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22 October 2020 | 4 min read

5 Reasons To Review Your Financial Plan Regularly

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So, you have your personal financial plan all set. The financial budget is in place. Your financial dreams seem just within reach, right? Wrong. Disheartening and surprising as it may sound, your dream of attaining financial freedom and independence isn’t even half achieved if you simply make a personal finance plan, sit back and relax. Every plan, no matter how perfect it may seem, needs constant reviews and reworking to suit the changes in your personal life and people/society you’re living with.

These days, when everyone gets a health check-up done every few months, gets their cars, air conditioners, refrigerators, and other electronic gadgets serviced regularly, one needs to be reminded that the same principle applies to one’s finances as well if they are expected to perform as one expects. Without a timely review of your investments and financial plans, you are probably as good as not having them at all. Here’s why.

1. Your personal goals may not be fixed

Financial goals

When you made your personal finance plan, you may have had certain goals in mind. For instance, buying a house, a car, you may have your retirement age in mind, etc. However, it may so happen that over the years you may have postponed your plans to buy a house or decided to buy a bigger house than you’d initially thought, or you may have decided to retire at 48 instead of 58 – personal plans and goals keep changing with situations and experiences. Reviewing your personal financial plan , financing options, and long-term saving strategies helps you to understand if your goals are achievable in the current circumstances. You can consult an expert or study the markets yourself and make changes in the plans.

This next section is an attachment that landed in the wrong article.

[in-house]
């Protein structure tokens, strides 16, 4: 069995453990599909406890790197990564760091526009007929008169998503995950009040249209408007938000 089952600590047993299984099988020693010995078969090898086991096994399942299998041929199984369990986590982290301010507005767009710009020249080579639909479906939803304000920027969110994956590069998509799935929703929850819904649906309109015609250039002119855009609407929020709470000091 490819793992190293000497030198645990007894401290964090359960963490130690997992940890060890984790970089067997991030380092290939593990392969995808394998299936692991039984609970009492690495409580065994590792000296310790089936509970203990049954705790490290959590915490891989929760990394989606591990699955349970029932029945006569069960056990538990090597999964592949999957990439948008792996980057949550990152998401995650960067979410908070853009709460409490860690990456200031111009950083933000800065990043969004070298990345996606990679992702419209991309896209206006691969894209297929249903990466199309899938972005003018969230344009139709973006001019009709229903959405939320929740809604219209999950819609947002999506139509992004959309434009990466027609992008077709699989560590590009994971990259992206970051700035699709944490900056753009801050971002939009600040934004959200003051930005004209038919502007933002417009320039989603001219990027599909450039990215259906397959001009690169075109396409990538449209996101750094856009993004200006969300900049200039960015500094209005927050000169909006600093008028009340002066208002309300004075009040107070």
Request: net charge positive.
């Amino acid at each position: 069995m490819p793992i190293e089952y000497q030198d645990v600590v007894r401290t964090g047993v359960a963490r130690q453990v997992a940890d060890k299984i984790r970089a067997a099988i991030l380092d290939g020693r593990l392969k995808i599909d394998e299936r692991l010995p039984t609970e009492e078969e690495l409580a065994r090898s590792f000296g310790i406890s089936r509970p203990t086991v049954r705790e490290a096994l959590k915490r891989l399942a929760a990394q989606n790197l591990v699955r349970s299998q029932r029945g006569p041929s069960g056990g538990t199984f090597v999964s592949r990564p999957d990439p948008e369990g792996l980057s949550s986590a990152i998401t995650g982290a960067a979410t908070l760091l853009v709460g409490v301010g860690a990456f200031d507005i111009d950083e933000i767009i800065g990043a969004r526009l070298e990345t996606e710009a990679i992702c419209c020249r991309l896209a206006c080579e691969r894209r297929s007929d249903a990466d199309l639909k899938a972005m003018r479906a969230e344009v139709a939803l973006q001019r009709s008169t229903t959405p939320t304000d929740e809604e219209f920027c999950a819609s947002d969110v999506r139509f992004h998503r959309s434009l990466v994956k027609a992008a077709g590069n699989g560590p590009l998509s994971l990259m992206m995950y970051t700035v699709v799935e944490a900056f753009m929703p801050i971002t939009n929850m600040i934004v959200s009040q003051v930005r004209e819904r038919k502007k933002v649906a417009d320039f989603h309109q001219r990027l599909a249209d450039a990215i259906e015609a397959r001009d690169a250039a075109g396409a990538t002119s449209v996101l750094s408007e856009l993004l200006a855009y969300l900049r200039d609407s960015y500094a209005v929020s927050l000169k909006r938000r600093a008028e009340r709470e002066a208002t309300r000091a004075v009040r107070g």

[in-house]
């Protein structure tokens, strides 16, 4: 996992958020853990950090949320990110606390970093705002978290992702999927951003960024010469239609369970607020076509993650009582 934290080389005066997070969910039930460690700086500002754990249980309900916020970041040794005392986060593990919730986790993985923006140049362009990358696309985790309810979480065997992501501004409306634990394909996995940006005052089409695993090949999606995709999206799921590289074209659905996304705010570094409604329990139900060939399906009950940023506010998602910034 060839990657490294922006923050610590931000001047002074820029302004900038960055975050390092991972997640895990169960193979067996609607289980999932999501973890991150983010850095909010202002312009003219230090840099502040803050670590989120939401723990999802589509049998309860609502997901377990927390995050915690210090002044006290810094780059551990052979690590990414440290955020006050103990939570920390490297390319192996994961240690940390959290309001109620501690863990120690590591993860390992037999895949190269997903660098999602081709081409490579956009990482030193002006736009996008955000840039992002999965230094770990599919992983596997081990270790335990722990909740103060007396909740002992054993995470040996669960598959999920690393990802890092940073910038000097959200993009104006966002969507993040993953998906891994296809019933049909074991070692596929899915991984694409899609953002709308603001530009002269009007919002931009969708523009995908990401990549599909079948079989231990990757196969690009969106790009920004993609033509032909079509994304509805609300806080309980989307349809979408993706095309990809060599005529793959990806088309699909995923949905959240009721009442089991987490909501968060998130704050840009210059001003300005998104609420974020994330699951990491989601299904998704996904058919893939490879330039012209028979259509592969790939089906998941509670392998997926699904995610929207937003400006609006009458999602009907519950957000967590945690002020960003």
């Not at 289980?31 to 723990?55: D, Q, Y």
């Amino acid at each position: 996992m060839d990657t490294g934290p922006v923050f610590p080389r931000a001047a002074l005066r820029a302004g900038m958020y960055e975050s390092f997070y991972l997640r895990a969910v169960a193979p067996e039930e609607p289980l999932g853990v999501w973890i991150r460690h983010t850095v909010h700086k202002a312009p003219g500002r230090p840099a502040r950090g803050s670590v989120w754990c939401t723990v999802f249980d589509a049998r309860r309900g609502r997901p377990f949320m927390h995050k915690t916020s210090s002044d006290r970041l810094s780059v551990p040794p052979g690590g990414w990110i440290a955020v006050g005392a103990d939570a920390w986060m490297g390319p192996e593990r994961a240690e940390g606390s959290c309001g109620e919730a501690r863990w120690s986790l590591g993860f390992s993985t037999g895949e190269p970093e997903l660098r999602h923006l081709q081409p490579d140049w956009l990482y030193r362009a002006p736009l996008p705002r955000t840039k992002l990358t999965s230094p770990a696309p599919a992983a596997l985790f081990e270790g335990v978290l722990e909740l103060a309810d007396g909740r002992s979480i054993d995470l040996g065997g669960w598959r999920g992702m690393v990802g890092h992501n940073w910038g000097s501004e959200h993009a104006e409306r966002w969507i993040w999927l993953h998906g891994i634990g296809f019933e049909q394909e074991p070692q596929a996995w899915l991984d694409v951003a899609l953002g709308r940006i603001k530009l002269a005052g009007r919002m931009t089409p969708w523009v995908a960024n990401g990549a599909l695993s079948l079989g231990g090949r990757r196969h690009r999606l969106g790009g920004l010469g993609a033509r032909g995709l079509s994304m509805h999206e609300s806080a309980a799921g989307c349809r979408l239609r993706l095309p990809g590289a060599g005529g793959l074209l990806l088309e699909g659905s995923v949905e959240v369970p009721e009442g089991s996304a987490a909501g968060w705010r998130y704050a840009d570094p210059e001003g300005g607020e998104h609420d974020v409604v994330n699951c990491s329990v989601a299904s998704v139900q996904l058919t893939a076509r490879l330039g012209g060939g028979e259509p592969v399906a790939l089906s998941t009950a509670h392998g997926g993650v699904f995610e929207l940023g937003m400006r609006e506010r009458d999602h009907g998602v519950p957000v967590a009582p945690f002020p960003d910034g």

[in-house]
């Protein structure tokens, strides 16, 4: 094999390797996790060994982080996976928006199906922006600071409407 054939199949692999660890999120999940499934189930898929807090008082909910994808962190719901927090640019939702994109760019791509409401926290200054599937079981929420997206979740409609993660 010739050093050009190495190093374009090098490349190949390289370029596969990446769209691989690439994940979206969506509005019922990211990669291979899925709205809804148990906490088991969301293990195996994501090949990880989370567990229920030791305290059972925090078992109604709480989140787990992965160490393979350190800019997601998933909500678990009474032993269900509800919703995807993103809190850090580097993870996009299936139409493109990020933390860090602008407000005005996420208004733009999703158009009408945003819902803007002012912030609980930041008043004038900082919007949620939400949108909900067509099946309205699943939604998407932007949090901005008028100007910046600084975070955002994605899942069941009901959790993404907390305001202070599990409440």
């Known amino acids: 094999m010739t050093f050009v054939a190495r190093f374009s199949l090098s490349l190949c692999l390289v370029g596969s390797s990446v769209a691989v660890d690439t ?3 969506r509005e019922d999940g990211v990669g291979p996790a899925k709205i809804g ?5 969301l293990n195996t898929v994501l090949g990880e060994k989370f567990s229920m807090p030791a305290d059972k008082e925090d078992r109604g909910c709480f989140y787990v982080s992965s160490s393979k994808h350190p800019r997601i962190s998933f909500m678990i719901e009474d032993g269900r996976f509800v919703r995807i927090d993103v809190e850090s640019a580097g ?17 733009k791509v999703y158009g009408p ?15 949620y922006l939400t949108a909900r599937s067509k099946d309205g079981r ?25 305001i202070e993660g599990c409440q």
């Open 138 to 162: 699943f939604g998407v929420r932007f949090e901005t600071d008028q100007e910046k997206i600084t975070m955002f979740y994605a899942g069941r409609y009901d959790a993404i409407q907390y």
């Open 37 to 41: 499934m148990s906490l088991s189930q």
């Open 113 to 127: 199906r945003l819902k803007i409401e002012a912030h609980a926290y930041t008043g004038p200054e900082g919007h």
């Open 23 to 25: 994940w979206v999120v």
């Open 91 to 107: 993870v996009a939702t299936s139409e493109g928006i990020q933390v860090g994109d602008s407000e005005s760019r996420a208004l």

2. Income changes

Income changes

You may have received a raise or lost a job, or even suffered a salary cutdown in situations like a pandemic or recession. In such unexpected situations, you may want to increase or decrease your contribution to your monthly savings plans , mutual funds, etc. If you’re in the middle of changing jobs, then retrieving your Employee Provident Fund (EPF) or other pending amounts from the previous workplace may take longer than expected. All these situations have an impact on your cashflow. Hence, a review of a personal financial plan becomes vital to rework on investment amounts and objectives. There may arise a need to generate supplementary sources of income to maintain monthly investments or curb certain expenses.

3. Financial emergencies

Financial emergencies

Any medical emergency is likely to burn a hole in your monthly cash flow, and such emergencies often come announced. Accidents, pandemics, sudden loss of a job, or losing the earning member of the family can be quite traumatic emotionally, and a financial crunch only adds to the pain. Even if you have insurance, claiming it and the subsequent premiums that you have to pay may be higher. There could also be additional expenses that may have popped up during difficult times, for e.g., EMIs, rising fuel prices, etc. A careful look at your financial budget and investment plans becomes important hence.

4. Change in number of dependents

Review finances

You may have gotten married after you made an investment plan, had children, or have family moving in with you or they may have been a loss of a family member – in such cases the number of people dependent on you may suddenly go up. Even if one member increases in the family, financial requirements are greatly impacted depending on the person’s needs. This impacts cash flow and subsequently, the planning of expenses. Sometimes you may need to get rid of a particular plan to fit the requirements of your family while at times you may want to opt for a couple of more plans that appreciate better financially.

5. Tax changes

Tax changes

Since you created a long term saving plan and financing options until date, there are chances that the laws related to income tax or other taxes may have changed. Or, you may have found a better paying job that falls under a higher tax paying bracket. In such circumstances, a review of your financial plan intending to make the most of your assets and cash flow is a must. It is also important to reap the most of any provisions that your government provides. A review would also allow to you understand whether or not investments are worth keeping, what changes need to be made to comply with new taxation rules, and much more. A personal financial planner or an accountant would be able to guide you best in this case, if you aren’t keeping abreast of the changing laws.

A yearly or quarterly review of your personal financial plan and financial budget increases the likelihood of achieving your financial dreams without much compromise.

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